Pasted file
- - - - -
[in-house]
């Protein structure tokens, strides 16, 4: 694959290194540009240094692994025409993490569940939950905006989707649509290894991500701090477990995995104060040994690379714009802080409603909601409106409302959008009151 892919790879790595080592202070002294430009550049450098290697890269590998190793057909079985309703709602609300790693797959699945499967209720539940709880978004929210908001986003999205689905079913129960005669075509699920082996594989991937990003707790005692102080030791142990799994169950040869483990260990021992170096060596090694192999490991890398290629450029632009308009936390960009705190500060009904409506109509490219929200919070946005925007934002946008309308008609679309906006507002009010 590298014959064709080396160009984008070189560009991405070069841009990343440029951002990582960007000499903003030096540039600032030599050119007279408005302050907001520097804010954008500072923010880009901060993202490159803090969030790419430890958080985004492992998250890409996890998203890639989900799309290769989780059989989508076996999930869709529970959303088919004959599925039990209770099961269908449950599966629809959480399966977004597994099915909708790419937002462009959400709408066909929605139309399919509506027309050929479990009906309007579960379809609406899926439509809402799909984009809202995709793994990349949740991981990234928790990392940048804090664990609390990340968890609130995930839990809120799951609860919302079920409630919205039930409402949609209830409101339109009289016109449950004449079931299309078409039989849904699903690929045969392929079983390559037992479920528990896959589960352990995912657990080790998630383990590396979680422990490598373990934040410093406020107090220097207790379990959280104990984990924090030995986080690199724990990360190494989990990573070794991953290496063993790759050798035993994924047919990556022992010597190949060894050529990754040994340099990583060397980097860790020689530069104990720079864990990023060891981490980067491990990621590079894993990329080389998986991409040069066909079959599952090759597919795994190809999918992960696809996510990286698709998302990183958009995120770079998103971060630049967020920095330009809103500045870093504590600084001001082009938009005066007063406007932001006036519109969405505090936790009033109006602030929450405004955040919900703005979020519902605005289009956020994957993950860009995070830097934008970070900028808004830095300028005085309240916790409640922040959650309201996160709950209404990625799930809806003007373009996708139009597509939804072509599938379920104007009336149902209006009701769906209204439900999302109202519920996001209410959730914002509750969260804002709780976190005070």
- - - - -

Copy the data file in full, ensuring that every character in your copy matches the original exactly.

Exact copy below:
[in-house]
């Protein structure tokens, strides 16, 4: 694959290194540009240094692994025409993490569940939950905006989707649509290894991500701090477990995995104060040994690379714009802080409603909601409106409302959008009151 892919790879790595080592202070002294430009550049450098290697890269590998190793057909079985309703709602609300790693797959699945499967209720539940709880978004929210908001986003999205689905079913129960005669075509699920082996594989991937990003707790005692102080030791142990799994169950040869483990260990021992170096060596090694192999490991890398290629450029632009308009936390960009705190500060009904409506109509490219929200919070946005925007934002946008309308008609679309906006507002009010 590298014959064709080396160009984008070189560009991405070069841009990343440029951002990582960007000499903003030096540039600032030599050119007279408005302050907001520097804010954008500072923010880009901060993202490159803090969030790419430890958080985004492992998250890409996890998203890639989900799309290769989780059989989508076996999930869709529970959303088919004959599925039990209770099961269908449950599966629809959480399966977004597994099915909708790419937002462009959400709408066909929605139309399919509506027309050929479990009906309007579960379809609406899926439509809402799909984009809202995709793994990349949740991981990234928790990392940048804090664990609390990340968890609130995930839990809120799951609860919302079920409630919205039930409402949609209830409101339109009289016109449950004449079931299309078409039989849904699903690929045969392929079983390559037992479920528990896959589960352990995912657990080790998630383990590396979680422990490598373990934040410093406020107090220097207790379990959280104990984990924090030995986080690199724990990360190494989990990573070794991953290496063993790759050798035993994924047919990556022992010597190949060894050529990754040994340099990583060397980097860790020689530069104990720079864990990023060891981490980067491990990621590079894993990329080389998986991409040069066909079959599952090759597919795994190809999918992960696809996510990286698709998302990183958009995120770079998103971060630049967020920095330009809103500045870093504590600084001001082009938009005066007063406007932001006036519109969405505090936790009033109006602030929450405004955040919900703005979020519902605005289009956020994957993950860009995070830097934008970070900028808004830095300028005085309240916790409640922040959650309201996160709950209404990625799930809806003007373009996708139009597509939804072509599938379920104007009336149902209006009701769906209204439900999302109202519920996001209410959730914002509750969260804002709780976190005070």